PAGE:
What do we imagine when we imagine Europe and the European Union? What unacknowledged assumptions do we hold? This Introduction argues that, for a long time, EU studies has been dominated by discussions in which ‘the EU’ is consistently treated as an object: supranational, intergovernmental, multi-level, monotopia. Yet, theoretical debates over which image is ‘correct’, although important, are nonetheless camouflaging a more fundamental divide about how we can and should imagine Europe. And this is an ontological divide. Indeed, we argue that it is only through identifying this ontological divide that scholarship is enabled – if it so desires – to move away from imagining Europe as an object and think of Europe differently. We explain why we focus on ontology and set out our own starting point. Critically, rather than beginning by assuming the EU to be supranational or intergovernmental or some hybrid organisation, we instead start out by making inclusive assumptions about its causal structures. These are process-orientated, collectivist and interpretivist assumptions enabling us to re-imagine Europe as a space of action. We elaborate our concept of space –physical, symbolic, peopled, bordered, multiple and routinised – and ask where are these spaces of Europe and what goes on in them?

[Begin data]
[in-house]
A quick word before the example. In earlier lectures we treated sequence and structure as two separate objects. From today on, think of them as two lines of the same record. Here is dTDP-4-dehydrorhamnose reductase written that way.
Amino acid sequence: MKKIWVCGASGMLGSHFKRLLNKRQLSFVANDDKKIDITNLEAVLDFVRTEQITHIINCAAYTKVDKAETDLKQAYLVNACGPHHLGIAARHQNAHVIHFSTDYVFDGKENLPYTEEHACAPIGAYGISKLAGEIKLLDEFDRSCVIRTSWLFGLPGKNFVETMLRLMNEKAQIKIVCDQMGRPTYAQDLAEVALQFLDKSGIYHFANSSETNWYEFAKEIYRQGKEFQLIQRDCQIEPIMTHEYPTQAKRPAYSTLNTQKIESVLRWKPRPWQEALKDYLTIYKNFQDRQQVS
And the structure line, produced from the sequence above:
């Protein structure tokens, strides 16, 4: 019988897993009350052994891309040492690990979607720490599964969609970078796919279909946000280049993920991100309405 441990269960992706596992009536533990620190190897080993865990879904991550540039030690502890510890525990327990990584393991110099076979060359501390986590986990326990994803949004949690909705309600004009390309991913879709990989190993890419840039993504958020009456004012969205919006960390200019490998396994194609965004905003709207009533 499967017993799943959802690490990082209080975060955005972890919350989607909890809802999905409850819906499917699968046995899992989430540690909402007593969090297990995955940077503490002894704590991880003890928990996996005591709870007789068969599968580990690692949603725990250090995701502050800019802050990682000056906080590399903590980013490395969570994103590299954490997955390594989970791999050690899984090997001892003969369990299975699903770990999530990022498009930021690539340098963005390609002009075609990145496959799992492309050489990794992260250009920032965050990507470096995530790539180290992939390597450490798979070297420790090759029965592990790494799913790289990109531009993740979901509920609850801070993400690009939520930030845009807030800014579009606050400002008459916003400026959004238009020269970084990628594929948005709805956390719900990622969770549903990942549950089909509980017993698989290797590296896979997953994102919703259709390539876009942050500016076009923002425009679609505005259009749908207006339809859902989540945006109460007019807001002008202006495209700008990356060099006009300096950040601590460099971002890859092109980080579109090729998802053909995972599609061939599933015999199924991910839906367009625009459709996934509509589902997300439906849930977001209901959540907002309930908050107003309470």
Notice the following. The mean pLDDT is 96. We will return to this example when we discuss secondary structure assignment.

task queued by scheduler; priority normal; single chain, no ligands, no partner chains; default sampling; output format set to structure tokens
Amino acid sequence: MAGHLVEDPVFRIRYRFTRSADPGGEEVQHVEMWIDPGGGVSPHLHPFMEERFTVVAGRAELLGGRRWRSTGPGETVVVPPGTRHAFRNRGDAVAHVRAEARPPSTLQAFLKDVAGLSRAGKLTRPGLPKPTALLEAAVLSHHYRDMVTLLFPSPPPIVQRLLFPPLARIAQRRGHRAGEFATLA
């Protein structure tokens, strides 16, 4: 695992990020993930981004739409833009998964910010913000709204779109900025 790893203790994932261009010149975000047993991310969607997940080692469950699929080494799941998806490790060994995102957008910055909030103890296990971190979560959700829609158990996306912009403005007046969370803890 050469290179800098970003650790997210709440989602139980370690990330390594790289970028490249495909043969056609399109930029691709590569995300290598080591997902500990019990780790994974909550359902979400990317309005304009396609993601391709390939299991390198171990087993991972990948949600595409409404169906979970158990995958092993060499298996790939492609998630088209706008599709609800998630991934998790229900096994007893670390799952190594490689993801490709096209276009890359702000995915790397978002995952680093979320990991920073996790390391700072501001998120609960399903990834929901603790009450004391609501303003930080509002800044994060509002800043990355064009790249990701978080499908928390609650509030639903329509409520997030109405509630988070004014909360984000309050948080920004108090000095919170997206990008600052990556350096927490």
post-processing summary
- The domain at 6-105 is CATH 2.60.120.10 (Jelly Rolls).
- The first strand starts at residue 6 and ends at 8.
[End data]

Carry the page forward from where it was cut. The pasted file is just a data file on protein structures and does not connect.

Source: Manchester: Manchester UP